My boss came in and saw my pathetic state. She sent me off to clean up and mopped out my bookbag for me. I was able to save the apple and plum and trail mix and convinced some lady in the bathroom to help me scrub the back of my shirt. I am that girl who somehow gets soup on her back. Who spills soup on her back?

As I walked back into work, a man near me said, "Tired, huh?"

I thought, how can he know that??? but said nothing. He said, "Cause you made that little sigh. You know."

"Oh!" I said. "That."

As it turns out, he had caught me not amidst a sigh but trying to conceal a very large burp. You see, I got excited after I rinsed off the trail mix and ate it along my walk. It had raspberries AND chocolate in there!

So I'm the tutor with the 6'7", 310 pound students who has soup on her back and burps up almonds in the hallways. What a fine example I set for them.

Cat Fight

Every morning, a ginger cat walks up my driveway and looks at me through the dining room window. He seems to say, "I hate that you moved here." I think he spits on the driveway and then leaps up into my garden, where he shoves the soil around and then climbs into a sunny space to lay and stare at me for a few hours.

Right now, he is out there howling. Loud, obnoxious human baby sounding howls. What the hell is wrong with him? Is he angry at my pine bark mulch (a 4-inch layer over thick newspaper covering that is a failed attempt to halt weed growth)? Does this cat know that I have squirted Round Up on the neighboring leaves?

I kind of want to shoot it with a pellet gun, but we do not have such things at our house. It's standing right now with it's back arched like a Halloween cat howling its brains out. I just want it to go away.

Shoo! Get out of here! I think now we need a dog for certain.

Wednesday, October 03, 2007

Crunch Time

The thesis is due in 12 days. I am actually writing a bit today, which is good because I still have like 30 pages to go. I realized, when I almost opened the door to get the paper, that my writing habits are kind of disgusting.

I wake up at 7 and sit on the sofa with my laptop and a bowl of cereal. I don't put on clothes, so I'm usually wearing what I went to sleep in the night before. I don't brush my teeth or wash my face, either. You can imagine my horror when I looked down at myself and paused with a hand on the door knob. I was about to enter my front porch with bed head, moldy mouth, wearing just a tank top.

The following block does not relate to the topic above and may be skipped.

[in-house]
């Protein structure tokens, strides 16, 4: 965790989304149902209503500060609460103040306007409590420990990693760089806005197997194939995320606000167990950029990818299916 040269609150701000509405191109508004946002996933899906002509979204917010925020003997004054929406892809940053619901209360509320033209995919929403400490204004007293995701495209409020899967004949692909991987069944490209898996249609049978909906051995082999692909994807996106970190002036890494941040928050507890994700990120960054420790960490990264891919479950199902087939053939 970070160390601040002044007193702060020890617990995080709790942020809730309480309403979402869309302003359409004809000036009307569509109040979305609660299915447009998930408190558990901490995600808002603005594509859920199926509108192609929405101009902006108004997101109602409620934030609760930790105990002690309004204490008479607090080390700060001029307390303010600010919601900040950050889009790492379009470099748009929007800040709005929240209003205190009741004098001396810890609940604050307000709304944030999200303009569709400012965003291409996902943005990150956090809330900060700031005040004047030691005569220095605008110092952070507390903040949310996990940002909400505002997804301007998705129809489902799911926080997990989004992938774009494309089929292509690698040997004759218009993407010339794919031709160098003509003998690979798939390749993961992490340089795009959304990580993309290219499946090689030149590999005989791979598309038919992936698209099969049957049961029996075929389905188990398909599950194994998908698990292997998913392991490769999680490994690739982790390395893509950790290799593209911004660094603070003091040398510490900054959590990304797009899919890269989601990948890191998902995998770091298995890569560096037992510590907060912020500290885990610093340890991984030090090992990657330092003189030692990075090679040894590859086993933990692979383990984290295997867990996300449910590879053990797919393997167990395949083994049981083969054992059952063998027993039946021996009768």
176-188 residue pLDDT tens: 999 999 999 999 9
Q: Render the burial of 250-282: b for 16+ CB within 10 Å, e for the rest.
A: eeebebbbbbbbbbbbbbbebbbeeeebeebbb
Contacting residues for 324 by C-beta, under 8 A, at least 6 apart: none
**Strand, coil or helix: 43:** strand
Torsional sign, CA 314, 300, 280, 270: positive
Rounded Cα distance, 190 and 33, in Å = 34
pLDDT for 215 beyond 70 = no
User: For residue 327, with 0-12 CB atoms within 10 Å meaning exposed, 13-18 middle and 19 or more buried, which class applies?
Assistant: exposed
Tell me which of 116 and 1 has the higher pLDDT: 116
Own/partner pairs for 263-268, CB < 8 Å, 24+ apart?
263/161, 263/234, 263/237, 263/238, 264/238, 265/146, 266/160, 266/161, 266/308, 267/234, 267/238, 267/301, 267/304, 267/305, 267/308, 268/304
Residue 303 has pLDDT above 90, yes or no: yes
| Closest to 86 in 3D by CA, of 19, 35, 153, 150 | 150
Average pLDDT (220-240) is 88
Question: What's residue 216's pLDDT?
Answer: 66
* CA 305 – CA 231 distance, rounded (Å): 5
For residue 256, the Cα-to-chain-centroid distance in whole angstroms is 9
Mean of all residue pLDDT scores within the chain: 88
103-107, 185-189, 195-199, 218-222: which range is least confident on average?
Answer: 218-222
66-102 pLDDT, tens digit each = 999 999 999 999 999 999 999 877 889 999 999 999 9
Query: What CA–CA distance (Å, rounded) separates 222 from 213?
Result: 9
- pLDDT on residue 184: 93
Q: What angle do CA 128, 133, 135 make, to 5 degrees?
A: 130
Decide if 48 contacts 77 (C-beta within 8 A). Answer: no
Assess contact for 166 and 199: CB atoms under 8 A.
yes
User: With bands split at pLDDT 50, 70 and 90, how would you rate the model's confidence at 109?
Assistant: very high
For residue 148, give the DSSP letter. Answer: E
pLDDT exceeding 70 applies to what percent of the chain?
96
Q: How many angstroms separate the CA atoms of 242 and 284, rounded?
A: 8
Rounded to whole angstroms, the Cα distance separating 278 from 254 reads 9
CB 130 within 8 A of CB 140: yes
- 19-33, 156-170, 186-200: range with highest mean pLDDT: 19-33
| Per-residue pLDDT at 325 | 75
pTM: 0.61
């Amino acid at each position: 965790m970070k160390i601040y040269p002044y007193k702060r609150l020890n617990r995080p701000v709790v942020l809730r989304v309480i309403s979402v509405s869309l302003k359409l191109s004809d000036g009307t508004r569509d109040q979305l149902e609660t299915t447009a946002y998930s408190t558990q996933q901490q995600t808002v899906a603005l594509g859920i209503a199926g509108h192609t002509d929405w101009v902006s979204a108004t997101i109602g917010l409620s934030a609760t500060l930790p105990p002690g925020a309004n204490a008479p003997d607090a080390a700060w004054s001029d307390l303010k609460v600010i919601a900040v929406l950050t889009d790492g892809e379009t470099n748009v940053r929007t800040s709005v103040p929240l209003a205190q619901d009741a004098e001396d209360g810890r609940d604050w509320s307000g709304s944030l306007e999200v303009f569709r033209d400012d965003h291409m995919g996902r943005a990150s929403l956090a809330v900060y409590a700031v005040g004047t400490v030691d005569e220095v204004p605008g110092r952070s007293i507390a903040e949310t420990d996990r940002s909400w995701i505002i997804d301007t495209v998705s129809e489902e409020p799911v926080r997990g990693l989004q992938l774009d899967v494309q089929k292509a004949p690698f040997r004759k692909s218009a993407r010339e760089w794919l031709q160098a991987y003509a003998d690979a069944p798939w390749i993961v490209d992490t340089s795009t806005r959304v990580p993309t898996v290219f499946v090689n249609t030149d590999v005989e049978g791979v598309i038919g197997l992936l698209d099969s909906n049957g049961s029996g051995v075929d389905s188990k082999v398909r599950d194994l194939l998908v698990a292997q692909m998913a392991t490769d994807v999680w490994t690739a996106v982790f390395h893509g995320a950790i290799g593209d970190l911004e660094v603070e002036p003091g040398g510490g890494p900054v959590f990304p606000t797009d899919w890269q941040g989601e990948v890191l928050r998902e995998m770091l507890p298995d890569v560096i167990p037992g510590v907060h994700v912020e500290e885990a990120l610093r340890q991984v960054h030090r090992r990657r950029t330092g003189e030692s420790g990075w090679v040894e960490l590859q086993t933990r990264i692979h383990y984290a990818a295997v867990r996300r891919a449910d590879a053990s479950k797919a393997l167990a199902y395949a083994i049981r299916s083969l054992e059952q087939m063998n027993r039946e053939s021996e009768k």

I'll be honest, on writing days I don't shower or do any hygiene things until about a half hour before I have to leave for work. Which leads me to fear the professional life I am choosing. When grad school is over, every day will be a writing day. I'll be a writer. Does this mean I'll stop showering and wearing clothes? I don't want it to be a big day when I put on socks.

Sometimes, I'll be doing a phone interview for my thesis or another project and giggle to myself, wondering if the person on the phone could possibly imagine the writer, me, at home with Cheerios stuck to my face grease. Why am I so disgusting? Maybe I should get an office somewhere just so I have motivation to put on pants in the morning.

Tuesday, October 02, 2007

Round Up

Upon visiting our house, my dad took one look at the wilderness in the backyard and declared I needed Round Up. "You got locust trees back there! You don't want anything to do with locust trees, Katy, " he said.

I have tried hacking and sawing away at the wilderness with an axe and a hoe and a rake. I got the low lying stuff. But the big weeds that have grown trunks and become trees? Those have to go.

I felt hesitant at the thought of using a chemical back there. A weed killer sounded to scary next to a plot of land I intended to plant full of food for my family. But I did a bit of research (not an exhaustive amount, but some) and felt as my dad did that Round Up would be ok.

So I bought some and squirted my wilderness on Sunday during the Steelers game. I was supposed to notice results within hours. Now, two days later, I sit in the dining room and stare at the back yard waiting for the weeds to fall. I think they have become a dim brown, but this might be my hopeful imagination. When will they turn yellow and crumple? What will I do with their carcasses? Is Soylent Green People????

I just can't bear the suspense.